Principal Investigator: Prof. Dr. Lars
Funding: European Research Council (ERC)
As our social worlds remain divided by categories such as ethnicity, religion, and social class, attenuating social boundaries is paramount to creating equal opportunities and building cohesive societies. Segregated networks mark boundaries from childhood on and persist through adolescence and beyond. Research stresses parents' influence on children's contacts, but it largely neglects that children also influence their parents' contacts. If we do not account for the interplay of children's and parents' networks, we may draw wrong conclusions about how segregation emerges and under which conditions it persists or diminishes. Since younger generations are more diverse, we must understand whether children adopt their parents' network structures or whether diversity in children's social lives also diversifies the social worlds of their parents.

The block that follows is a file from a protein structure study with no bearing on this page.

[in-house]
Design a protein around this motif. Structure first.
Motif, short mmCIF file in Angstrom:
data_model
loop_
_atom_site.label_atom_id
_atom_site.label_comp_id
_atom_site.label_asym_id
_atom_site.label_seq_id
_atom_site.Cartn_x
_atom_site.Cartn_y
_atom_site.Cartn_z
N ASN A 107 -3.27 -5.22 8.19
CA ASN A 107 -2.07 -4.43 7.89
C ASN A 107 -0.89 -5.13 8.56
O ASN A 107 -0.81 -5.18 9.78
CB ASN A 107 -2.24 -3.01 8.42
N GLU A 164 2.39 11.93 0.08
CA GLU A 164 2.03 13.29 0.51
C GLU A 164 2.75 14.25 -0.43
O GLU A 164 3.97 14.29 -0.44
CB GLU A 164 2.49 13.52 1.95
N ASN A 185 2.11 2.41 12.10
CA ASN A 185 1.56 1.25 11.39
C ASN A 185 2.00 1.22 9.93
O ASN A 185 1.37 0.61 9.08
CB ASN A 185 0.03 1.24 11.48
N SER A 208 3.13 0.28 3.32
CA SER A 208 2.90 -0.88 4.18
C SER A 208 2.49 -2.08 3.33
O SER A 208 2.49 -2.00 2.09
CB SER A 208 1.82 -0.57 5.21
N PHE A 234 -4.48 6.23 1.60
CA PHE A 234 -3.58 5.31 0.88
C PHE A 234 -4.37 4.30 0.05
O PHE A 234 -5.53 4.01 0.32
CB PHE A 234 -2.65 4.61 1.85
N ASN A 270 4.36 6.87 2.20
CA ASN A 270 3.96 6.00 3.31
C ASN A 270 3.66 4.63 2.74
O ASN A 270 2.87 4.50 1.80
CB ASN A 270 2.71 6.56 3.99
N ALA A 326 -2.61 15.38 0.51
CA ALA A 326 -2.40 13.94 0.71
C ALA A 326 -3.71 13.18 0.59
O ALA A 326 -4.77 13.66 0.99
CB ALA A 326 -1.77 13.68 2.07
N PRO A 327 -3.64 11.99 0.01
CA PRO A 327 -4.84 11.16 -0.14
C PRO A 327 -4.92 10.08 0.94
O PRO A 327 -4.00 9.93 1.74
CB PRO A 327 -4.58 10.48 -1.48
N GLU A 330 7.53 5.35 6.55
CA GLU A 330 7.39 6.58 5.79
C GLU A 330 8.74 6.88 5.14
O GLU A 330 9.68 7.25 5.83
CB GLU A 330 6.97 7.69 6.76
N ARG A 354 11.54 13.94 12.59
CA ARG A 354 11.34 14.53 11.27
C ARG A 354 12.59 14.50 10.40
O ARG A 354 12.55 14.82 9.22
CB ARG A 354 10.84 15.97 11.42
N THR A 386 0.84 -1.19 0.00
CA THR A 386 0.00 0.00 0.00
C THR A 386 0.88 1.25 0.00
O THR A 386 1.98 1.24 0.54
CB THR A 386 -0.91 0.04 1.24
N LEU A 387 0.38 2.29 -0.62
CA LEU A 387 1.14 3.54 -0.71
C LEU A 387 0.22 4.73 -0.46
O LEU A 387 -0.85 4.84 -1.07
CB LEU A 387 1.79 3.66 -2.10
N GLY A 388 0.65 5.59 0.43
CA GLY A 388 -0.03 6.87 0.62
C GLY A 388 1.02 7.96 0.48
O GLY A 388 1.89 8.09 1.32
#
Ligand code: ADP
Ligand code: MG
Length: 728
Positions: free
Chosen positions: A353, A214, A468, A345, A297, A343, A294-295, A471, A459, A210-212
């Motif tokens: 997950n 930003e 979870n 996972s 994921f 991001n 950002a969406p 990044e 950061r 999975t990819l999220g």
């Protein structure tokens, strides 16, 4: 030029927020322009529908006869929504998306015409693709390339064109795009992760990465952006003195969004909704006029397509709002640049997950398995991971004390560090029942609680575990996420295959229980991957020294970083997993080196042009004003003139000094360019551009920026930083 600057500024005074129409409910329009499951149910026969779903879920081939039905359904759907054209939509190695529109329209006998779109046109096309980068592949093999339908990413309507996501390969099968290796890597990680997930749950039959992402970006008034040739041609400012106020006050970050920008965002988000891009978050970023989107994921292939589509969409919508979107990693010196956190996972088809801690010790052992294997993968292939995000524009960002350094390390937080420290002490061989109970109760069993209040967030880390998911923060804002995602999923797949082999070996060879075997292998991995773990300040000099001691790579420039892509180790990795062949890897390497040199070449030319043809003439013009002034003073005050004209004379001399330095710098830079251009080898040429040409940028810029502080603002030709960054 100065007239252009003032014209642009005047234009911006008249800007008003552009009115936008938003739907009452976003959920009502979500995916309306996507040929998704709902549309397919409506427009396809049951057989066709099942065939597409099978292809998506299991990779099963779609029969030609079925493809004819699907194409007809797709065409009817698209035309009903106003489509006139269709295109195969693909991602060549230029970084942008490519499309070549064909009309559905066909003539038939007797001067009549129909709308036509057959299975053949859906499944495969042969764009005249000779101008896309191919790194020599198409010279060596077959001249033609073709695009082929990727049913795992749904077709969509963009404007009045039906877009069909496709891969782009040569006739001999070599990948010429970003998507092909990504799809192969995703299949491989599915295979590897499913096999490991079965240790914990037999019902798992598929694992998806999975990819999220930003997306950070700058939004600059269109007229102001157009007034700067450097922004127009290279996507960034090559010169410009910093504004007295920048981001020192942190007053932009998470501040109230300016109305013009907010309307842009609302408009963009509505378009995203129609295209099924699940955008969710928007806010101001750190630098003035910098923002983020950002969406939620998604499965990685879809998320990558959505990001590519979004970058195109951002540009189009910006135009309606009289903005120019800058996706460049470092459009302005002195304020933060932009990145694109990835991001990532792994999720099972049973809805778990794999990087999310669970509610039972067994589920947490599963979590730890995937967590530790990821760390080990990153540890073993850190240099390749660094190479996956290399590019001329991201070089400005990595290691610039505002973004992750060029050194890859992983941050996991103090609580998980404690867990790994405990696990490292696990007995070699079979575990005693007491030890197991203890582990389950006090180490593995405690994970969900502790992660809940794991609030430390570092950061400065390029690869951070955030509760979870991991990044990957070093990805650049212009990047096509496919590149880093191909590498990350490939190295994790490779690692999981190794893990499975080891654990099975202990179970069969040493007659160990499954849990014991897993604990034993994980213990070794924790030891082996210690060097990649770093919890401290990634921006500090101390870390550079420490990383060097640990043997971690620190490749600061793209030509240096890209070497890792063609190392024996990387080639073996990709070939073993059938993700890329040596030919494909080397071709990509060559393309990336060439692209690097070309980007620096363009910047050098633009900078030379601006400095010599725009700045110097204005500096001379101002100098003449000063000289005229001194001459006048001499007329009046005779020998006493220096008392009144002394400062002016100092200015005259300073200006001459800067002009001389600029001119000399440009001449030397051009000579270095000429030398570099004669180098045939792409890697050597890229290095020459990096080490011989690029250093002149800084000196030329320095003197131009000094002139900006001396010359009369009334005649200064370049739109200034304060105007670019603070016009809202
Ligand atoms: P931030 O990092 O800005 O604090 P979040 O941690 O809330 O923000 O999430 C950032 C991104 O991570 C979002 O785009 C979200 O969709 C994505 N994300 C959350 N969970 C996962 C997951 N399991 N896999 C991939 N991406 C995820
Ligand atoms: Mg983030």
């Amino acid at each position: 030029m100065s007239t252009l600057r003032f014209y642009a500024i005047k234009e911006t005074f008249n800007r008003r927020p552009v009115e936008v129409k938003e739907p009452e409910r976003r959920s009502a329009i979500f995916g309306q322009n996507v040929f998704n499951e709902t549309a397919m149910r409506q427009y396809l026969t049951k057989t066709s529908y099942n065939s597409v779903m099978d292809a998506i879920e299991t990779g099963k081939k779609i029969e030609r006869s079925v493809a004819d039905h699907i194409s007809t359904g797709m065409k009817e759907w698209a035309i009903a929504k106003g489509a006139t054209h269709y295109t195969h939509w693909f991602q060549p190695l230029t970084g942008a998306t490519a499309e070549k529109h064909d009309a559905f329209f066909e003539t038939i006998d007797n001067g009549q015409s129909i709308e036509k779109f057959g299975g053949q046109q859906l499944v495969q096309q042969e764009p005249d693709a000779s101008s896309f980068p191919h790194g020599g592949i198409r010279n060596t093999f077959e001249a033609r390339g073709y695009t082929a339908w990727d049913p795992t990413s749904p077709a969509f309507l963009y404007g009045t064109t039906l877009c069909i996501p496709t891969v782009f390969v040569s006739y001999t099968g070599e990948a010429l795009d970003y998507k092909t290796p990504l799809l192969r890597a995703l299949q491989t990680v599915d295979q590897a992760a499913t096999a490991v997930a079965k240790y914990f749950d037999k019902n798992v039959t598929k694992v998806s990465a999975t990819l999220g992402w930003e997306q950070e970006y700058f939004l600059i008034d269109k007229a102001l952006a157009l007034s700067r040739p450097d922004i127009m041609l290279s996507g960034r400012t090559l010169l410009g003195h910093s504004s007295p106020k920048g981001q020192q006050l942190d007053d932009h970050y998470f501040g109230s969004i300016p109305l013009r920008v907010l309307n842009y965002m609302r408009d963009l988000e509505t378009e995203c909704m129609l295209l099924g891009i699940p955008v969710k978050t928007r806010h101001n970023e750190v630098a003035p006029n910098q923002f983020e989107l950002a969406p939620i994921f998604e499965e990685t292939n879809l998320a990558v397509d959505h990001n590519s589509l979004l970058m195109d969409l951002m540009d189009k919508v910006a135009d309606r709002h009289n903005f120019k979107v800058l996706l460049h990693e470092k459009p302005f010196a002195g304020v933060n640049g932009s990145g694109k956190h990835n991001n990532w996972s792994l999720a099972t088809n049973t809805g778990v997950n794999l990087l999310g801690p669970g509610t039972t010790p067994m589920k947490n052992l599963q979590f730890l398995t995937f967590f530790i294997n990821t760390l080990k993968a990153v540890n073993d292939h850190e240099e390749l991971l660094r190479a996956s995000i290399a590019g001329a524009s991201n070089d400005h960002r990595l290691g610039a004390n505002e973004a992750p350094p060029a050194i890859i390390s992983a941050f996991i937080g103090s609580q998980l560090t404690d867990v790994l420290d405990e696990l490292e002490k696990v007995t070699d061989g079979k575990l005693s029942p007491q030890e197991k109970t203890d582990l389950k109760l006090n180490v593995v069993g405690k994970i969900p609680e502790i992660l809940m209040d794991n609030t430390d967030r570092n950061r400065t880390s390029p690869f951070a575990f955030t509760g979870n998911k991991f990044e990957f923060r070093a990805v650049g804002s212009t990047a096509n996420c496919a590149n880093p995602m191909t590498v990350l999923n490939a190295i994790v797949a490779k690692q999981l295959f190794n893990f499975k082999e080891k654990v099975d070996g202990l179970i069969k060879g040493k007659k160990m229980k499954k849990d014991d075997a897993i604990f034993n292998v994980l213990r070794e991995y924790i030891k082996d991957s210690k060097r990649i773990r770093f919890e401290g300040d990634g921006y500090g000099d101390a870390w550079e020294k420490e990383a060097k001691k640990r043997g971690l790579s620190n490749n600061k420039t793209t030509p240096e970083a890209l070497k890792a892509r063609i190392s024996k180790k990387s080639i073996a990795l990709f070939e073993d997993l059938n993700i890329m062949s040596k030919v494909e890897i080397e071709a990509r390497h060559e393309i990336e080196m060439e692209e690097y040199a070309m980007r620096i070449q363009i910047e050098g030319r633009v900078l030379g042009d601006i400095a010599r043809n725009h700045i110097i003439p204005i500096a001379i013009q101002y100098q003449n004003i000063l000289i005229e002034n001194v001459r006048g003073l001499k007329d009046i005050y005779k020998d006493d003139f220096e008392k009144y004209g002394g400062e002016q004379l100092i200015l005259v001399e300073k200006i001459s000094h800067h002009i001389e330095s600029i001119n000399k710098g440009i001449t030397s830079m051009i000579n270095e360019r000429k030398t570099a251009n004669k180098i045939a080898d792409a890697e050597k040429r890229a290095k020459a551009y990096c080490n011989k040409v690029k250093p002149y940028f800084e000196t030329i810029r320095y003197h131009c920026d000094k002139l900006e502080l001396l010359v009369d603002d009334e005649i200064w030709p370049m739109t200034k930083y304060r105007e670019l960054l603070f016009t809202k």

My project aims to advance our knowledge of mutual intergenerational boundary-making by developing and testing a theory of how child–parent networks co-evolve over time in educational settings with varying degrees of diversity. I propose to collect an innovative panel dataset of children's and parents' networks for multiple cohorts from kindergarten to secondary school. These unique data will allow me to rigorously examine how the interplay of children's and parents' networks affects boundaries in each other's social worlds and how this varies by children's age and diversity in educational settings.
By showing how children and parents shape each other's social worlds, the project will provide decisive new insights into the (bi)directionality and conditions of the intergenerational reproduction of social boundaries. This will change our understanding of segregation and break new ground in the interdisciplinary fields of intergroup relations, family studies, and network science. The results of the project will create a solid scientific basis on which policymakers can develop measures to reduce boundaries between future generations.
Additional information on the project is provided here.